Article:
The town hosts a cherry festival the first week of June.
It’s almost June, so one of us was bound to order the duck with cherries and Marsala. It was quite good. Here’s the food porn part:
This, some pasta, a couple of new friends to pranzare with and air clean as a bell really made a special day. If you’ve never heard of Lari, well look at the map and it will show you how the little hill is configured and show you where the restaurant is.
And whatever you do, don’t get in trouble with the law or you won’t get to see this view from your cell in Lari Castle. They’ve cleverly put the windows very high up on the wall.
■ 14 April 2014 by James Martin
They’ve recently announced the stages in the Giro d’Italia for 2014, and I couldn’t help pick my faves for creamy tourist goodness. Stage 4 caught my eye. It starts in my favorite fishing village, Giovinazzo and ends in Bari. Maybe it’s because I’ve just finished an article on the food of Puglia, but this is the stage I’d pick if I could will myself down the Italian peninsula to watch.
From a tourist perspective, there’s a lot to see on this 121 km stage. Maybe you should grab a bike and do the route before the boys in spandex rip through.
Giovinazzo is a historic town on the sea, a fishing village most of the year that becomes a bloated excuse for party-all-night bedlam in the season. Don’t go in August. In the way-off season, if you’re up early and trundle on down to the shore, it’s likely you’ll hear the plaintive song of the Octopus slappers. Otherwise, the port is quite idyllic in the morning. Watching the fishers of Giovinazzo will lower your blood pressure enough to make you want coffee, which is found in any of the many bars around the little port.
From here you can watch the racers zip along the road to a town called Bitonto. Ever heard of it? It’s on the ancient Via Triana ending up in Bari, where the racers will also end up. Visiting the towns along the Via Triana makes for a very interesting historic itinerary.
Even though you’ve probably never heard of it, Bitonto makes a very nice destination for the day. Allow me to quote myself:
The Romanesque cathedral is built over a paleochristian church which you can visit. The ambo, or pulpit and lectern, is a masterpiece of stonecarving made in 1229 (shown on the right). A good virtual tour of the city of Bitonto is found here. Museums to visit include: Galleria Nazionale, Galleria di Arte Contemporanea, Teatro Traetta, and the Museo Archeologico.
After Bitonto, the boys go on to Bari, which used to be a mere stopover for ferries to Greece, but where the slow tourist will find abundant charm among the little streets and alleyways in the old city, where women still make pasta by hand to sell in front of their houses. The port is the site of a lively fish market across from the castle, and the Cathedral of Bari, consecrated in 1292, is a Romanesque marvel that gets exceedingly high marks from folks who review such things—but is overshadowed by the Basilica of St. Nicholas:
Built in 1087 to house the saint’s remains, the church features several different architectural styles and houses a number of art works. The crypt, where the saint’s tomb is kept, has good mosaics.
If Saint Nick isn’t enough for you, you can always go back to watching the Giro. The boys circle the city 8 times—and they haven’t climbed any significant hills so they should be flying. Getting to see them more than once doesn’t happen very often, so take advantage.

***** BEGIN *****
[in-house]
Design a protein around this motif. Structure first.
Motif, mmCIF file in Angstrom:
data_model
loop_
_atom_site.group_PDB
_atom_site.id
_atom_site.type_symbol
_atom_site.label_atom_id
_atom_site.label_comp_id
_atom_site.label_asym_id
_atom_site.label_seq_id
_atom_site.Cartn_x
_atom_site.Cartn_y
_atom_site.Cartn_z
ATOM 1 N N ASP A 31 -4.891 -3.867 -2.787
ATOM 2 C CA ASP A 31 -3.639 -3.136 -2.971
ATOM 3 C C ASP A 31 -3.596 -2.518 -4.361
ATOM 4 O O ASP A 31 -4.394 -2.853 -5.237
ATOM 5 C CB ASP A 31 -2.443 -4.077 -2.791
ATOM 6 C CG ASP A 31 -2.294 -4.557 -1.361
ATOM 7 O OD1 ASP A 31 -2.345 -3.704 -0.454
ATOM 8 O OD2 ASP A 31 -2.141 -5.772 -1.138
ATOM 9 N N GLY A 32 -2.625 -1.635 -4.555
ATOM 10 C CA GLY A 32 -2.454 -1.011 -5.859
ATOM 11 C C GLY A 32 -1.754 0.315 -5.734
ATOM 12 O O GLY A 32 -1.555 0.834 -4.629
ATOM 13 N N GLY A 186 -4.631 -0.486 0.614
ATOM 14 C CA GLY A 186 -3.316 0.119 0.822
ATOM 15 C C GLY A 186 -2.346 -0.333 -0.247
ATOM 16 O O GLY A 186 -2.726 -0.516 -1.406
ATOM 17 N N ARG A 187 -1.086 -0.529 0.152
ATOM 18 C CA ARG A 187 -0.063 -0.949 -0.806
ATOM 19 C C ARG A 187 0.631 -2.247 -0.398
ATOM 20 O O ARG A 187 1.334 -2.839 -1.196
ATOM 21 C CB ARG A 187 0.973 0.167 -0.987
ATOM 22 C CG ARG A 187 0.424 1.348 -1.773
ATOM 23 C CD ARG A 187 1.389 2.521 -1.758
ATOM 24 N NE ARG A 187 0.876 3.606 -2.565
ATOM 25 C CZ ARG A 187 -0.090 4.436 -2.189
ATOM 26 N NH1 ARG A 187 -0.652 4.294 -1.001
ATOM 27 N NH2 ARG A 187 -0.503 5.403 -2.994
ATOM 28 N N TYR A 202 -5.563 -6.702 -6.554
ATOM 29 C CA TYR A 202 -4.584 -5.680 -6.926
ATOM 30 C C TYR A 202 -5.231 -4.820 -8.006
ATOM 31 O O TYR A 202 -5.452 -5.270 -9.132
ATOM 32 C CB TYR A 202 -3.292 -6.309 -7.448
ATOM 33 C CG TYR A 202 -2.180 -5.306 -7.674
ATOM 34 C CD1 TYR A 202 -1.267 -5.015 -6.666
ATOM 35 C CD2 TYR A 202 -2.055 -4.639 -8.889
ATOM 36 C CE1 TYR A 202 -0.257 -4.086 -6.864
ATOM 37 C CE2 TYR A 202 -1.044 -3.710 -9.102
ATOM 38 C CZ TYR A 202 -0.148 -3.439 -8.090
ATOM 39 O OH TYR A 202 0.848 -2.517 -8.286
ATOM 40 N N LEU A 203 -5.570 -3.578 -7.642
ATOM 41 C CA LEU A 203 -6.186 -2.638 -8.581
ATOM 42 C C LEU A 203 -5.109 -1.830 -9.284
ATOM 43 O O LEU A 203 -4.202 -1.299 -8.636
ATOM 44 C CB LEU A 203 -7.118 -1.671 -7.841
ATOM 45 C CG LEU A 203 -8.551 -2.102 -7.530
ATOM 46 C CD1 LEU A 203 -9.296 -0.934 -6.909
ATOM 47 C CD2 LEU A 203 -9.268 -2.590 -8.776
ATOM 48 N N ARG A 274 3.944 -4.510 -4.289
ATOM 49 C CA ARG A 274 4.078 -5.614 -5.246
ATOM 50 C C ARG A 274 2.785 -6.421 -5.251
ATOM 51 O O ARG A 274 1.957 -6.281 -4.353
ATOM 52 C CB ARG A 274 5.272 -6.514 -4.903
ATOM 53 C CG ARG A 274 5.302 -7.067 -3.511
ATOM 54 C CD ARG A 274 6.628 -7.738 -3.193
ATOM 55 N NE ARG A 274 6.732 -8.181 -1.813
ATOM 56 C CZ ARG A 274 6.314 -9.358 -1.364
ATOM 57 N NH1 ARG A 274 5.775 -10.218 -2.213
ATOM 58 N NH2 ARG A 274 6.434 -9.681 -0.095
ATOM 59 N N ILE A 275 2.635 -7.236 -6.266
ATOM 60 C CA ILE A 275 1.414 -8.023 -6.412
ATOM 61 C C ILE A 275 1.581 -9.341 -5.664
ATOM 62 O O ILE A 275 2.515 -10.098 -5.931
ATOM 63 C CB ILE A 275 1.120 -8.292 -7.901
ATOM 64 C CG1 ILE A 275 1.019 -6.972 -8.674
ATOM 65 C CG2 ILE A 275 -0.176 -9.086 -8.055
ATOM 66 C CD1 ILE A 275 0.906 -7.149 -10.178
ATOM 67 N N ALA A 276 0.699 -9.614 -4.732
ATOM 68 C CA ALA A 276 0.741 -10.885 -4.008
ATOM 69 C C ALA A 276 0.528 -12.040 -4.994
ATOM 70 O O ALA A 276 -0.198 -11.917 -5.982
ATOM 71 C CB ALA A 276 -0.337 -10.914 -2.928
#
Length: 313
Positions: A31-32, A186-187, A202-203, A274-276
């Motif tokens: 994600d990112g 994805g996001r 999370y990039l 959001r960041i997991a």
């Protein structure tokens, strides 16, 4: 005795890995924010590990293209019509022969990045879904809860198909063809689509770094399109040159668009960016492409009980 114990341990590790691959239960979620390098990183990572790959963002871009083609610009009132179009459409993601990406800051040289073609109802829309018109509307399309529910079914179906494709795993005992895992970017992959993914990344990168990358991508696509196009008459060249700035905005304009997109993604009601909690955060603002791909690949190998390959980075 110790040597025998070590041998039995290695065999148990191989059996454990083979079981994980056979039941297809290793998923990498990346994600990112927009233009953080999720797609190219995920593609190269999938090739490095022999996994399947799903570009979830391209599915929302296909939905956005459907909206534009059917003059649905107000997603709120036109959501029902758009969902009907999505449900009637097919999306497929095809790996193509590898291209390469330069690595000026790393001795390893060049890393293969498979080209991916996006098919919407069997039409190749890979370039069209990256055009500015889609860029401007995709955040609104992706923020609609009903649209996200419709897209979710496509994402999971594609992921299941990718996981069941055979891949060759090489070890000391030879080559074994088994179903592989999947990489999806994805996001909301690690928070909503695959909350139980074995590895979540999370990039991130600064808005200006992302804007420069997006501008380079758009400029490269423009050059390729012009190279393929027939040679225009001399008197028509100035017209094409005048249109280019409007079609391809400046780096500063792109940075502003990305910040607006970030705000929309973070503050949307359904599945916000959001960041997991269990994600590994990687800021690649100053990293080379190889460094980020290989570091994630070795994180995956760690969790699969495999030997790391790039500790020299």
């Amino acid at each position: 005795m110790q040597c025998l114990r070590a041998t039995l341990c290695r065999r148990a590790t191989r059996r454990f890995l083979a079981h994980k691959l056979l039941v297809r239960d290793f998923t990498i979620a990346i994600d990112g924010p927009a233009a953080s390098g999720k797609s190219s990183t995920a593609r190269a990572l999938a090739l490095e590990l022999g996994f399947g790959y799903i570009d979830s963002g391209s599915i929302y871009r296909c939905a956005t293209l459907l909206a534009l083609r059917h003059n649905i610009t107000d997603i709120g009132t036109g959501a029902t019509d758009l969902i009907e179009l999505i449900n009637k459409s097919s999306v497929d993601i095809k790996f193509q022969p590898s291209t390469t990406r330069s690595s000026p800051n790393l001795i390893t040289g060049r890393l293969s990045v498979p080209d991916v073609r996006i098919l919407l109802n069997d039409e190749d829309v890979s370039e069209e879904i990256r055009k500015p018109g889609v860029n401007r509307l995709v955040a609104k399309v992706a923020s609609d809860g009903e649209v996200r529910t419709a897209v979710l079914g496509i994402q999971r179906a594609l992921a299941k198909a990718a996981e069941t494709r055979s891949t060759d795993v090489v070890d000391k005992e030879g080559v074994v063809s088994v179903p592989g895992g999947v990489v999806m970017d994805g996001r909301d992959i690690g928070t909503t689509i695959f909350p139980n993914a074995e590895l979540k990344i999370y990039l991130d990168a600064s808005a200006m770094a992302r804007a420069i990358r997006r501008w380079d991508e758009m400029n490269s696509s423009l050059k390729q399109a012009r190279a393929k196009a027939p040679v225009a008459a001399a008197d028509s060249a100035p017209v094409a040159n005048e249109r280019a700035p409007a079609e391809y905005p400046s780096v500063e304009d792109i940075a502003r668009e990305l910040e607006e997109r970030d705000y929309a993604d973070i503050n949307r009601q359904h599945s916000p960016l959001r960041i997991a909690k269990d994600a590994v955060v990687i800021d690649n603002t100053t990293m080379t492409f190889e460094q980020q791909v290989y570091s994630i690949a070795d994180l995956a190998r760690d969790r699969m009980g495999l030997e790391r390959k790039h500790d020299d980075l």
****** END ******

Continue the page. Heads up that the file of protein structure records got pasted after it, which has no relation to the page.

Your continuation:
The Puglia stage in the Giro should be quite something to see. For a large route map, click here.
Popular These Days
■ 9 December 2013 by James Martin
Did you know there was a special Carabinieri force that deals with lost and stolen art and archaeological artifacts in Rome? Il Comando Carabinieri Tutela Patrimonio Culturale can be found in Piazza Sant’Ignazio, 152. I mention the address because you might want to visit around Christmas, because they have a fine presepe on display at Christmas time.
When they were looking for someone to head up “an ambitious project to restore and redevelop the ancient Roman ruins of Pompeii” they chose Giovanni Nistri, a general in the paramilitary Carabinieri police who led Italy’s cultural asset-protection division from 2007 to 2010. (Ex art cop named head of Pompeii project)
The management of Pompeii’s treasures have come under fire lately, as building after building slouches toward the pavement. The Carabinieri Art Squad is highly respected and regarded, and have found many lost and stolen artifacts over the years. I’m hopeful that he’ll come through. After all, there’s plenty of money for preservation at the moment.
That’s the good news. The bad news is that the site of Paestum is becoming unmanageable. You see, it’s on private land. You can’t really manage and develop a site like that on private land.
But here’s where you can help. You see, they need money to buy the site. Very little money, actually, and you can help by contributing a tiny share of very little money to the project.
Paestumanità is an enviromental shareholding project by Legambiente, aimed to acquire private lands of Paestum archaeological area and return to humanity
Interested? See the Indigogo page: SavePaestum
■ 27 October 2013 by James Martin
I am sorry about the title. I should have saved it for Halloween.
And the picture? It’s pretty much the reason we spent two hours motionless on the autostrada tarmac between Monzuno and Florence. Yes, we skidded to a halt behind a whole bunch of stopped vehicles about ten minutes after the mayhem had occurred.